{"feed":"WSJcom-World-News","feedTitle":" World News","feedLink":"/feed/WSJcom-World-News","catTitle":"News","catLink":"/cat/news"}
Turkish jets began airstrikes on a Syrian Kurdish force allied with the U.S. in the fight against Islamic State, Turkey’s prime minister and Syrian Kurdish fighters said.
Afghan security forces were searching a landmark international hotel in Kabul early Sunday for holdouts hours after suspected militants stormed the building, opened fire on guests and staff and set rooms on fire.
China criticized the U.S. Navy for sailing a guided-missile destroyer close to a disputed outcrop in the South China Sea, adding to tensions between the two governments already strained over trade and North Korea.
Thai Gen. Prayuth Chan-ocha uses antics to help soften his image and position himself to lead an elected government four years after a coup he says saved the nation from chaos.
The International Olympic Committee approved North Korea to compete in five events at next month’s Winter Olympics in South Korea, adding momentum to efforts to build trust between the two Koreas after a year of high tension.
President Donald Trump’s “America First” trade policy will be more focused in the coming year on countering China, an administration official said. The strategy may emphasize enforcement over negotiations with its leaders.
Policies to promote better jobs for the country’s huge under-35 population may hold the key to the country’s economic development.
Pope Francis drew anger from victims of clerical sexual abuse in Chile when he said ‘there isn’t any proof’ a bishop covered up molestation of minors by an influential priest.
Some of the Chinese ships U.S. authorities allege have helped North Korea violate trade sanctions sailed from ports with depressed shipbuilding industries, like Linhai, where boom has turned to bust.
China’s Communist Party signaled support for constitutional changes to allow the creation of a national anticorruption agency with broad authority to supervise public servants.
The U.S. Air Force is considering forming international squadrons of low-cost fighter planes to strike terrorist targets in the Middle East, Africa and Asia.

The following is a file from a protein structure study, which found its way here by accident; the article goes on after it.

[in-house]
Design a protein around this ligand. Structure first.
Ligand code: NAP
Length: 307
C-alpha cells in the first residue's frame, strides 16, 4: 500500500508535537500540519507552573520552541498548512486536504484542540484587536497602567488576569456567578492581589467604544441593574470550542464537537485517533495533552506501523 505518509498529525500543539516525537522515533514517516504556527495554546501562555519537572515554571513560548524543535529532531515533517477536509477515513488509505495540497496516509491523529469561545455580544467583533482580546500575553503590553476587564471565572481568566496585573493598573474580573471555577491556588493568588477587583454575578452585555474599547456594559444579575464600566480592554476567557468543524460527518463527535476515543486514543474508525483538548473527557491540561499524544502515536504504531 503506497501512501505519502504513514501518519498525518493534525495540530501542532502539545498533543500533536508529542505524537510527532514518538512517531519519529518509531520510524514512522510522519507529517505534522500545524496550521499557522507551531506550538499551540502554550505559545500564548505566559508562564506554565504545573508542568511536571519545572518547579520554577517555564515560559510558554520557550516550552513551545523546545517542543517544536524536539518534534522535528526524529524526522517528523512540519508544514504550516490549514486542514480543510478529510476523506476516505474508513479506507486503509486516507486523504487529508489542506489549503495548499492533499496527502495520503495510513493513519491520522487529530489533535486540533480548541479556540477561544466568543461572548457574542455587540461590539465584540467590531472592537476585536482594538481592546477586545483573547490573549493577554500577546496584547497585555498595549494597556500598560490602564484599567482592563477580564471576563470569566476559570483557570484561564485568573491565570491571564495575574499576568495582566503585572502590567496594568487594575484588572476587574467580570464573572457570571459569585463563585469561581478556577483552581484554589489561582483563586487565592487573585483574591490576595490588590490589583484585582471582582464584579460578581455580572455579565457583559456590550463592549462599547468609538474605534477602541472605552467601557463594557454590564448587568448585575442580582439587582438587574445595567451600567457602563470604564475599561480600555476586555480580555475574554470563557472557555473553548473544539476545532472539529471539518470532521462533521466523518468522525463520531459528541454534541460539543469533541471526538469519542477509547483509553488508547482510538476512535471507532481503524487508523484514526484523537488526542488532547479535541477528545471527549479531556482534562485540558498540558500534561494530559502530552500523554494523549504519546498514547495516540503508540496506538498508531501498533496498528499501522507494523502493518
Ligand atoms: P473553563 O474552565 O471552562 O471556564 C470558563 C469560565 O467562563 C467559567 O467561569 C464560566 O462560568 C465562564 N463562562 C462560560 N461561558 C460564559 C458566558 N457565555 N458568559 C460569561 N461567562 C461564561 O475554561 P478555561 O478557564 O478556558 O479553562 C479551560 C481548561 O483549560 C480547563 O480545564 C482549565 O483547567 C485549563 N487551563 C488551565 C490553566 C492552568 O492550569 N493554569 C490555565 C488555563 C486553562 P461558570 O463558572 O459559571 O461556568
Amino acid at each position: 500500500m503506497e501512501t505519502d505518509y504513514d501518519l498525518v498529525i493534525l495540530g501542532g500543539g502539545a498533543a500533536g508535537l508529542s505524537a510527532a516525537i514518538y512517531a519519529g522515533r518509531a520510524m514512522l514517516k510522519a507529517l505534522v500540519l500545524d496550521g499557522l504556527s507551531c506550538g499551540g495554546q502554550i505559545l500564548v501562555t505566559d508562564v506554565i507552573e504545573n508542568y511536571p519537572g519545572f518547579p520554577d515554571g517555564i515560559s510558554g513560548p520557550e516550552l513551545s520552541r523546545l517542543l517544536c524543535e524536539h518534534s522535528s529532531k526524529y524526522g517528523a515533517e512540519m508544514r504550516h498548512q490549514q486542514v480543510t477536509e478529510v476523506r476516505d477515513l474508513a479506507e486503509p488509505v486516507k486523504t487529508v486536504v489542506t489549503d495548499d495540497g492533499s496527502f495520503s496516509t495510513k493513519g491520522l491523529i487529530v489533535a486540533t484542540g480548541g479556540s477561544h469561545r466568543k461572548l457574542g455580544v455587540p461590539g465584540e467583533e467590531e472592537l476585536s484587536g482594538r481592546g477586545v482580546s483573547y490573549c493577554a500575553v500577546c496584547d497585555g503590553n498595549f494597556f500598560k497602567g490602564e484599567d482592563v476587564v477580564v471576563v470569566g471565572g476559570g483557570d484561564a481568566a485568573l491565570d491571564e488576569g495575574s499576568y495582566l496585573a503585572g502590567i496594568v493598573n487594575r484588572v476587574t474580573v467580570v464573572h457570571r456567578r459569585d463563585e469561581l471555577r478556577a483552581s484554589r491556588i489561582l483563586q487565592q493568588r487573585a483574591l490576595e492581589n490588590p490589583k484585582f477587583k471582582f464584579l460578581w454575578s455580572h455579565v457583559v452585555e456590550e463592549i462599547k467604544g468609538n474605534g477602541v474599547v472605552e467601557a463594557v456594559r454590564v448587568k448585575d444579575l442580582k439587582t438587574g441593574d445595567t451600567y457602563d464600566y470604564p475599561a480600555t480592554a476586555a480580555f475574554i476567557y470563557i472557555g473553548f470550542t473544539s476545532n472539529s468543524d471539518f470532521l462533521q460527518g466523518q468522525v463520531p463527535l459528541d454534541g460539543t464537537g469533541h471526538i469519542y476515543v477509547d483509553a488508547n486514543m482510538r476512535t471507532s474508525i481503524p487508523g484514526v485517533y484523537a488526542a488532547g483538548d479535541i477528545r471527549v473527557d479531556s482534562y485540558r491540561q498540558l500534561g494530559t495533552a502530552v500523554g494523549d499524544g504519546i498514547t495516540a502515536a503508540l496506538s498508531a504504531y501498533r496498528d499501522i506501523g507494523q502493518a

The U.S. military has launched a new counterterrorism mission in the Philippines, making operations there eligible for the same funding used to finance the long-running wars in Afghanistan and Iraq, military officials said.
Intelligence gathered by American officials provides what they say is detailed evidence of sanctions violations, involving illicit cargo such as coal that the regime relies on for hard currency.
Oil from Lake Maracaibo transformed Venezuela into the world’s biggest oil exporter, but output has plummeted, oil equipment is idle and rusting and once-flush workers are going hungry and must deal with failing equipment and piracy.
The Democratic Republic of Congo’s president has clung to power by playing a waiting game, but his refusal to step down has left sub-Saharan Africa’s largest country in a dangerous limbo.
How the most significant bout of unrest in nearly a decade spread from a single city to shake the country.
The U.S. military is swiftly backtracking from plans to build a 30,000-person border force in Syria after the proposal triggered a new diplomatic showdown with Turkey.
The Trump administration is accelerating efforts to move the U.S. Embassy in Israel from Tel Aviv to Jerusalem and has decided to retrofit an existing property to accommodate the new mission that will open next year, U.S. officials said.
European lawmakers and companies worry that a lawsuit the U.S. government has brought to the Supreme Court could clash with European Union law, trapping tech companies between complying with U.S. data requests and strict EU data-privacy rules.
Congress is probing the Obama administration’s decision to use research by an ex-British spy to justify, in part, surveillance of an associate of​ Donald Trump, as Republican scrutiny rises of law-enforcement actions during 2016 presidential campaign.